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How to Help Someone with Postpartum Depression

New moms are faced with many new challenges; healing from birth, lack of sleep, navigating feeding, pregnancy hormones, and learning about their new baby, just to name a few. All these changes plus hormone fluctuations can lead to depression related to pregnancy and childbirth called postpartum depression.

Difference Between Baby Blues & Postpartum Depression

You may have heard of the term “baby blues” and wondered what the difference is between baby blues and postpartum depression. Here is the answer:

Baby Blues:
  • Affects 60-80% of new mothers universally

  • Due to hormone fluctuation at the time of birth and acute sleep deprivation

  • Lasts between 2 days to 2 weeks after birth

  • Usually peaks 3-5 days after delivery

  • Symptoms: tearfulness, lability, reactivity, exhaustion

  • Predominantly happy, self-esteem remains unchanged

  • Unrelated to stress or prior psychiatric history

Postpartum Depression:
  • Frequent crying

  • Feeling exhausted

  • Feeling hopeless

  • Trouble sleeping

  • Feeling shame or guilt

  • Thoughts to harm yourself or your baby

  • Anxiety and/or panic

  • Mood swings, anger

  • Appetite change

  • Last beyond 2weeks past delivery

Signs My Loved One May Have Postpartum Depression

If your loved one is experiencing postpartum depression, you most likely will not hear them say “I am depressed.” Instead you may hear them say something like:

  • “I don’t feel like myself.”

  • “I haven’t showered in days.”

  • “I don’t feel connected to the baby.”

  • “I don’t feel like socializing.”

  • “This is all too much.”

Your loved one may show signs like crying a lot, anger/rage, low appetite, or be more withdrawn than usual.

Signs and symptoms are intense, come about after delivery and last longer than two weeks.

6 Ways To Support Someone With Postpartum Depression

Ask them about their feelings & really LISTEN

Someone who is struggling with postpartum depression probably has a lot of feelings (sadness, guilt, shame, anger, etc.). Don't ignore these feelings, be there & listen without judgement.

New mothers struggling may not be upfront about their feelings so you need to ASK if they are not sharing! Even if they seem to be doing really well and like they are adjusting to their new role effortlessly, be mindful to inquire about how they are doing. A lot of times, new mother’s suffer in silence and are unsure how to share with their loved ones.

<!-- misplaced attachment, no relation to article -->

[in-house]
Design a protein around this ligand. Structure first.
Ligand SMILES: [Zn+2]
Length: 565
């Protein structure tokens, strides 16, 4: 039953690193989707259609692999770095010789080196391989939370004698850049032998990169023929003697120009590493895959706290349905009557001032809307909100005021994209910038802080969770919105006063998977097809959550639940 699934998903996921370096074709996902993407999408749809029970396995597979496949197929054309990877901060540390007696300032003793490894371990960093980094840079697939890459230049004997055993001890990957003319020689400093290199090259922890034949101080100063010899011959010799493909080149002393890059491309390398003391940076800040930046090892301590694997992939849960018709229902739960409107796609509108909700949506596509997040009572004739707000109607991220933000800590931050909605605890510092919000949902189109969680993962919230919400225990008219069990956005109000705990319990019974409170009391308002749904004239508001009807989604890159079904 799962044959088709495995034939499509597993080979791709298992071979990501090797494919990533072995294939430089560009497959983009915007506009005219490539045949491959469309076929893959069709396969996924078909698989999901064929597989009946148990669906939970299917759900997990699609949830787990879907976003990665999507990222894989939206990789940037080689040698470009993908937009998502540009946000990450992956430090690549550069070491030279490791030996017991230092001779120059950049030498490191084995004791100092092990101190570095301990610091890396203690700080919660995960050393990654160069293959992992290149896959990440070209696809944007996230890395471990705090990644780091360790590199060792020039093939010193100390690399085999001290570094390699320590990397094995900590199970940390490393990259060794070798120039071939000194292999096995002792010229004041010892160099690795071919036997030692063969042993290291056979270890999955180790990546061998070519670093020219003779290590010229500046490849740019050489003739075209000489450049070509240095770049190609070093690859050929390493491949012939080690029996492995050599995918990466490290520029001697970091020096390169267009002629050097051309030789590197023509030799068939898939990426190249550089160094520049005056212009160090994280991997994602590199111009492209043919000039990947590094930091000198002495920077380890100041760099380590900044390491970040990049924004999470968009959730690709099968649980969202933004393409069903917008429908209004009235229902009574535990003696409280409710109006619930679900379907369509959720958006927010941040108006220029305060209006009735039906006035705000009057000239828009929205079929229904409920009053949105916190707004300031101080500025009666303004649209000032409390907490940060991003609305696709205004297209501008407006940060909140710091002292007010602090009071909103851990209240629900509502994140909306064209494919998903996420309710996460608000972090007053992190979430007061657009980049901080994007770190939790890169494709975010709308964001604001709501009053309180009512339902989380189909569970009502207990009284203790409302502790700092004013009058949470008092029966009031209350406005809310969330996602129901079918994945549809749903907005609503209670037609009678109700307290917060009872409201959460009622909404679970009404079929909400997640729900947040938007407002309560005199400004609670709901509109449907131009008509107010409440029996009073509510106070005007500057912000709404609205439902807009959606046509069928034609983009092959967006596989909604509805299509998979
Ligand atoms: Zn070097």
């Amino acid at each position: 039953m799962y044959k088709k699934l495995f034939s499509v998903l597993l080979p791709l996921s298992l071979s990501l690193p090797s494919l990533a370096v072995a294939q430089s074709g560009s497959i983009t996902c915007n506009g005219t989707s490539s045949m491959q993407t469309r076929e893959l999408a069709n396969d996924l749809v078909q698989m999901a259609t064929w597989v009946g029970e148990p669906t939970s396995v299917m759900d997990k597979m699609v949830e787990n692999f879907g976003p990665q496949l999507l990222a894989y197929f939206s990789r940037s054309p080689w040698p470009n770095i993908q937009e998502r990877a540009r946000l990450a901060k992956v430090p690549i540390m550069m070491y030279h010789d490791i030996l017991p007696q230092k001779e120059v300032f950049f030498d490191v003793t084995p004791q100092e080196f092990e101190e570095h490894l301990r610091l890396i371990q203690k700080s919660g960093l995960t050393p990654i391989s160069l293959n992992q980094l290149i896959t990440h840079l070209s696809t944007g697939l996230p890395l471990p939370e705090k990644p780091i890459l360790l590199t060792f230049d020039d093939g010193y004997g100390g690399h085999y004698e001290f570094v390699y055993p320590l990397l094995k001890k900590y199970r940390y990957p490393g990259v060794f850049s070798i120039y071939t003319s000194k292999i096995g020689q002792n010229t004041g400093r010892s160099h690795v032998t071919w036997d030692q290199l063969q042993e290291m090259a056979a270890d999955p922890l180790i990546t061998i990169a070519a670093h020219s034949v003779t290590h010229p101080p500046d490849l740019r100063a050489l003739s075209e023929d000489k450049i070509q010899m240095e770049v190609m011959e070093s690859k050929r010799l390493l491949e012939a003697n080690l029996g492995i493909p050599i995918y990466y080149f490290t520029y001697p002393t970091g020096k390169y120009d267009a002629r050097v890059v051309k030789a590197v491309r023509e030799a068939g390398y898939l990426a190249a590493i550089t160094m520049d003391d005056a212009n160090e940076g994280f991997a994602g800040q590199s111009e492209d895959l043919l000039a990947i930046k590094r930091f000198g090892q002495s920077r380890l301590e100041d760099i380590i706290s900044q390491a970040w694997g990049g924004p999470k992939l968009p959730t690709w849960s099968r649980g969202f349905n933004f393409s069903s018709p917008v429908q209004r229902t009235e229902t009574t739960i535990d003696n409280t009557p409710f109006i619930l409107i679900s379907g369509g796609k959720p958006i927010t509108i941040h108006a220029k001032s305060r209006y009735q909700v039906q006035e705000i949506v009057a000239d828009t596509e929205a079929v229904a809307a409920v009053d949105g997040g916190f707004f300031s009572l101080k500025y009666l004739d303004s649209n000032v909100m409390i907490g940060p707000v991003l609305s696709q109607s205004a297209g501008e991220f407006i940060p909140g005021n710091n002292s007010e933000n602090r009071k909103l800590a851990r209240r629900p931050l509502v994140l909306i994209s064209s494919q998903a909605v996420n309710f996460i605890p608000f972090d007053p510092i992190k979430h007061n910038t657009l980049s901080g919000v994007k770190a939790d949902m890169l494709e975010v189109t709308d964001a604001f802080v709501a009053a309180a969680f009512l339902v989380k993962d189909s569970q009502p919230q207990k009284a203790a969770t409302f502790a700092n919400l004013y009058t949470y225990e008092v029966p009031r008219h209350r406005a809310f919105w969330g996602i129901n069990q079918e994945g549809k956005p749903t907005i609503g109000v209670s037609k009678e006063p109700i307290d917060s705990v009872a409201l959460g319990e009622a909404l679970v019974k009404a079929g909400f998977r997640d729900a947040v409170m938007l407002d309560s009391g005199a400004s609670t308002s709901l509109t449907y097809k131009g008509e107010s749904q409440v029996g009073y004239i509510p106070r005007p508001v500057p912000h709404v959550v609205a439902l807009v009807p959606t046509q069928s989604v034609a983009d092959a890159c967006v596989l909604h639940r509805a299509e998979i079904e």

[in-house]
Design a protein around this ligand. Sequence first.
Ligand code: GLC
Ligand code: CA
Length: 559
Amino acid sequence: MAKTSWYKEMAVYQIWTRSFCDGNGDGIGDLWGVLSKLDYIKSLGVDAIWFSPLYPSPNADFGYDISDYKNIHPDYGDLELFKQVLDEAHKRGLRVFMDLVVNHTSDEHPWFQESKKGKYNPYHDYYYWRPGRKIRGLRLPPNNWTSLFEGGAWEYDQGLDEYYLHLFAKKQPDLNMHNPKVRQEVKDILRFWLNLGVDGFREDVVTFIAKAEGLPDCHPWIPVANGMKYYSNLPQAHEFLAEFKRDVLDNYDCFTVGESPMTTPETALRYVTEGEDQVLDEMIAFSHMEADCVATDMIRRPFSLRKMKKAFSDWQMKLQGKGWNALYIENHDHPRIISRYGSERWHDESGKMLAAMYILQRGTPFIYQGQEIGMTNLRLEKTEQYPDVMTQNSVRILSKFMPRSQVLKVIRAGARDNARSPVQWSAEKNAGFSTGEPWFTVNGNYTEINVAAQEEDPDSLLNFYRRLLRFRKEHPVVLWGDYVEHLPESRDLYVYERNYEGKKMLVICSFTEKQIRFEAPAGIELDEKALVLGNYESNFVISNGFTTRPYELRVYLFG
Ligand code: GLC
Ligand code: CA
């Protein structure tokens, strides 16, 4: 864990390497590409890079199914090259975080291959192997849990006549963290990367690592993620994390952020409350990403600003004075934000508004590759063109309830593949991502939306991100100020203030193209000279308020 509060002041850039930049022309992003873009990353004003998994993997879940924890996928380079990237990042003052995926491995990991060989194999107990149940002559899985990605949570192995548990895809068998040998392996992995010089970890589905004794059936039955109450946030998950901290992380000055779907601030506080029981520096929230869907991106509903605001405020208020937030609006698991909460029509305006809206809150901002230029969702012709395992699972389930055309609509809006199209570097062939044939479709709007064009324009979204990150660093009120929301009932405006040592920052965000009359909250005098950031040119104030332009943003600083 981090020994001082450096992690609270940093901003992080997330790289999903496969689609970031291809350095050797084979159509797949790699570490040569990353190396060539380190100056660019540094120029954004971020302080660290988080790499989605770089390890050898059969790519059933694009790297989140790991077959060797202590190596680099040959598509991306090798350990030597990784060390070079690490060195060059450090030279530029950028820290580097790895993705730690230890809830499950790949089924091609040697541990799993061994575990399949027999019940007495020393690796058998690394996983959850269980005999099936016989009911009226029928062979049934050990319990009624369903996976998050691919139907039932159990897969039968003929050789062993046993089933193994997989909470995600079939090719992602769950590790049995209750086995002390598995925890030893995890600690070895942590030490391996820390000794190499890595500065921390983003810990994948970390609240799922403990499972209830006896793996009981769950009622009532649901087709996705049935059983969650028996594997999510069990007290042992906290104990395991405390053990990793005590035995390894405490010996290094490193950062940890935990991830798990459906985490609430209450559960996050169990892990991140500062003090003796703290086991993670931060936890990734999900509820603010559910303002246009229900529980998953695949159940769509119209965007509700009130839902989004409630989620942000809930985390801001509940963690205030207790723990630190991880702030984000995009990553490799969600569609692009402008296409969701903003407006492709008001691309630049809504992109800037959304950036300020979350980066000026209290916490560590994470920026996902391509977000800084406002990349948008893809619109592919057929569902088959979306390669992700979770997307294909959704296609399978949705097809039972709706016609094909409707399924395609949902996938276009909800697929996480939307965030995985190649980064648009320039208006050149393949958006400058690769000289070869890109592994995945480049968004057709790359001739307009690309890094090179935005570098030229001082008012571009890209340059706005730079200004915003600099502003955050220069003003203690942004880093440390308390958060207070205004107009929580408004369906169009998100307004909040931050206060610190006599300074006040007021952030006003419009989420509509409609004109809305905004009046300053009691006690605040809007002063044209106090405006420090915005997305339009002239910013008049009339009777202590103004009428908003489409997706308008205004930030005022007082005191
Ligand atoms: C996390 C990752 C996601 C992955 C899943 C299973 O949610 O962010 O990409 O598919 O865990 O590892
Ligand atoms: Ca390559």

Do not compare your experiences

If you have children yourself, do not compare your experience with their experience. By doing this you may perpetuate the guilt and shame they are already feeling. Saything things like “breastfeeding was so easy for me” or “you just have to sleep when the baby sleeps like I did” will only make a new mother feel worse if she is having a different experience and a difficult time with these areas of postpartum.

Instead, as mentioned before, LISTEN to her experience and validate what she is going through. Try not to provide advice or to “fix” the problem with what may have worked for you. It is deeper than finding a simple solution.

Remind them what they are going through is temporary

They may be feeling like things will never get better and they will never feel like themselves again. Remind them that this is not true and these symptoms are not part of their identity. It may take time but they will overcome this struggle.

Remind them that there is help and support out there for them which will help them feel like themselves again quicker. Show your support by showing up and reminding them they are strong and will get through this difficult time.

Make Specific Plans

Find specific things you can do for them and their family. Rather than asking what they need, offer specific ways you can help. For example, bring over dinner one night or clean their dishes without asking.

These acts may seem simple but they make a HUGE impact on new parents. To take away these burdens will lighten a new mom's load so she can focus on herself and her new baby.

Reassure them they are a good parent

There are a lot of fears that come along with postpartum depression so try listening and reassuring them that they are a good parent even if they don't feel like it. They may not believe it at the moment, but these kind words will stay with her when she needs them most. You never know how powerful an encouraging word can really be.

Support their decisions

If someone is struggling with postpartum depression, they may end up seeking treatment, including therapy & medication. If they make this decision (with their doctor), be supportive. Postpartum depression may also influence their decision on feeding, whatever they decide your support is important.

All in all, someone struggling with postpartum depression needs your unconditional support without fear of judgement!

If you or someone you love needs extra support during this vulnerable time, there is help available! Contact me today to see how I can be there for you.

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